Utah women discuss gender equality in state politics

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Women have been underrepresented in politics throughout American history. Local women continue to make efforts to bring gender equality to government. (Made in Canva by Courtney Denning)

Multiple Utah women are working to increase equal gender representation in state politics.

Eden Jones said that her senior year of high school was the first time that she realized how much female representation in politics could impact her life. She was taking a government class when the 2016 presidential elections happened.

“I remember it just kind of hit me all at once, the issues that were at stake,” Jones said. “We could have had a female president for the first time in our history.”

Jones, who is studying political science at BYU, said she got chills when she saw images of Susan B. Anthony’s grave covered in “I voted” stickers placed by women during the 2016 election.

Voters lined up on Election Day to place “I voted” stickers on the grave of Susan B. Anthony at Mt. Hope Cemetery in Rochester, NY. on Tuesday, Nov. 8, 2016. (Max Schulte/Democrat & Chronicle via AP)

“It just hit me how important it was to use those rights that these women fought for,” Jones said.

Of the current 435 U.S. House representatives, 123 of these are women. Despite having four seats in the House of Representatives, none of these women are from Utah. Though several have run, Utah has never elected a female senator. 

Several women in the state are working to end the pattern of unequal gender representation in Utah politics. (Graph made in Flourish by Courtney Dennings)

Most recently, both Becky Edwards and Ally Isom ran against Mike Lee in the Republican primary elections for a chance at a seat in the Senate, but both women lost with only 30% and 8% of the vote, respectively.

Provo city councilwoman Katrice MacKay said she would love to see a Utah woman in Congress.

“There’s no doubt that we need all perspectives,” MacKay said. “We need everyone to be represented.”

While MacKay said she thinks that women should be better represented in government, she also believes that these conversations leave out the aspect of personal choice. She said she urges people not to discount the large number of women in the state who want to be stay-at-home mothers.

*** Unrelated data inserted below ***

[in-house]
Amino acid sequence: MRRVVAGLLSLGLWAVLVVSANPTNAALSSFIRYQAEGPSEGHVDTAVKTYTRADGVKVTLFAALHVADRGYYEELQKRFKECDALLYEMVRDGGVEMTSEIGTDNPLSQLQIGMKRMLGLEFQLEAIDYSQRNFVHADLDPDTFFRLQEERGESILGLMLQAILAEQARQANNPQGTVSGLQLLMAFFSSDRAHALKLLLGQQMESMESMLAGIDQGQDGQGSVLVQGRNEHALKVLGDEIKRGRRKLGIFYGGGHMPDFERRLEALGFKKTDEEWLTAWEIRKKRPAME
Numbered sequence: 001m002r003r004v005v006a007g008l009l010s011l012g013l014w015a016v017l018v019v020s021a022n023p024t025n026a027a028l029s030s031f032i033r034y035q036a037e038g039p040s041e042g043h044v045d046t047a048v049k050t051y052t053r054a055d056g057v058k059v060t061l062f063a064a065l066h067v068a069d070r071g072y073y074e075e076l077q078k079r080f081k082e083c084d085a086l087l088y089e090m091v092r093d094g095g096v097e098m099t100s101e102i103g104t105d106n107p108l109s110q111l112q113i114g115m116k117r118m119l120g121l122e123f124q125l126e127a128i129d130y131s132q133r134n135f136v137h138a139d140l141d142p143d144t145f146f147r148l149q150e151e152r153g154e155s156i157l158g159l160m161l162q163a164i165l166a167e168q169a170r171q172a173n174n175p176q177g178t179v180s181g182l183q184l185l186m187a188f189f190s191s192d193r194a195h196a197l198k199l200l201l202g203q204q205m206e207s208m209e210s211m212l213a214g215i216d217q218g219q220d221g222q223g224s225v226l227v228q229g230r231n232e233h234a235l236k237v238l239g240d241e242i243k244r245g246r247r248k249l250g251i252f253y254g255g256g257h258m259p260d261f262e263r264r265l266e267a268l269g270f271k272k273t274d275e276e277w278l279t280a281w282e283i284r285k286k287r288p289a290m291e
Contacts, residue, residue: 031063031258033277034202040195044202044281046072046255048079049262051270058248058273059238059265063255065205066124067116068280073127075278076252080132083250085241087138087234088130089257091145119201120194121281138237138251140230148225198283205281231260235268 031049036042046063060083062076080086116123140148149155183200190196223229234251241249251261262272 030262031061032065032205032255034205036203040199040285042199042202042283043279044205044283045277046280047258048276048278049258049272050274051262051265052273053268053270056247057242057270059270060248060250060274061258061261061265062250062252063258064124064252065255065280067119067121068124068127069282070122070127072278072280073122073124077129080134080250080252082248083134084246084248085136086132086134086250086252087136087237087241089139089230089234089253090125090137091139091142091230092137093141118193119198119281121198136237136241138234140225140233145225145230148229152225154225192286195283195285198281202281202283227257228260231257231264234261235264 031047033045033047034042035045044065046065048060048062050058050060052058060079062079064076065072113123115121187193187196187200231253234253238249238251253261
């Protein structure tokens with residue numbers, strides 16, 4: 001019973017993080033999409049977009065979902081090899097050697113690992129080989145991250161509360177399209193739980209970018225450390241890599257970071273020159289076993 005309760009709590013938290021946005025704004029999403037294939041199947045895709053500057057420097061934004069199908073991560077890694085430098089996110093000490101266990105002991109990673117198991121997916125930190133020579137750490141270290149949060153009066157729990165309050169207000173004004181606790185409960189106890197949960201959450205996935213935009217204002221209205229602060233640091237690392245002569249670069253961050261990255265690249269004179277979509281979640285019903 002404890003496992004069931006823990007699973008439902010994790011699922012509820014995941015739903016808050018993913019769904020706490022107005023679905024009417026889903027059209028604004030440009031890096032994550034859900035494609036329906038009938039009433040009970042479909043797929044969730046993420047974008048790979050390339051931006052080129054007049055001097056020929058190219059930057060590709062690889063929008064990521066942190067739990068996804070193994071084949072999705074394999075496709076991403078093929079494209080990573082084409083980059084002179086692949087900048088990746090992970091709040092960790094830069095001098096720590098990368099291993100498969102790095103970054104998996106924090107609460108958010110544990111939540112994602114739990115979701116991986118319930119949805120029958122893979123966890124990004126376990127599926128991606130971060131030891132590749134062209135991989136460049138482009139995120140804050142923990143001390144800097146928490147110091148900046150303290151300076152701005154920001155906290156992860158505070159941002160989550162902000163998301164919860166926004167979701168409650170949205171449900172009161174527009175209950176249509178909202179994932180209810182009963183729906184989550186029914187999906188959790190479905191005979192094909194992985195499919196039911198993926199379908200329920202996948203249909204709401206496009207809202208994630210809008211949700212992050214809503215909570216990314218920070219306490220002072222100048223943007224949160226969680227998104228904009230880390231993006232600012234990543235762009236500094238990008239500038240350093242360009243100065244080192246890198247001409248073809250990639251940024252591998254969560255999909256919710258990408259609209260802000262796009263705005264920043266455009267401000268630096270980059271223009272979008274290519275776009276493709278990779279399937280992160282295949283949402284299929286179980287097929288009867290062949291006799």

“I think it’s unfortunate that we put zero value on a women staying home with her children and raising them,” MacKay said. “I think that’s unfair. It’s hard work.”

Jones said women who dedicate their lives towards homemaking deserve just as much praise as women who pursue a career in politics. She also believes that these issues tend to be more prevalent in Utah because of the widespread religious culture.

“I think there are a lot of situations in which culturally, women don’t feel as supported in careers and feel more directed towards the home,” she said. “I think they feel the brunt of that responsibility more than men do.”

Jones said she hopes that a cultural shift could occur which would lead to more women acting as Utah’s legislative representatives. 

“I don’t think they preclude men’s responsibility in the home and women’s place on the Congress floor,” Jones said of traditional family roles.

Provo city councilwoman Shannon Ellsworth has been using her position to encourage women to run for office and get involved in politics. 

“It’s been important to me that Provo city gets closer to gender parity with boards and commissions,” Elisworth said. “My hope is that we could get more diverse experiences at the table.”

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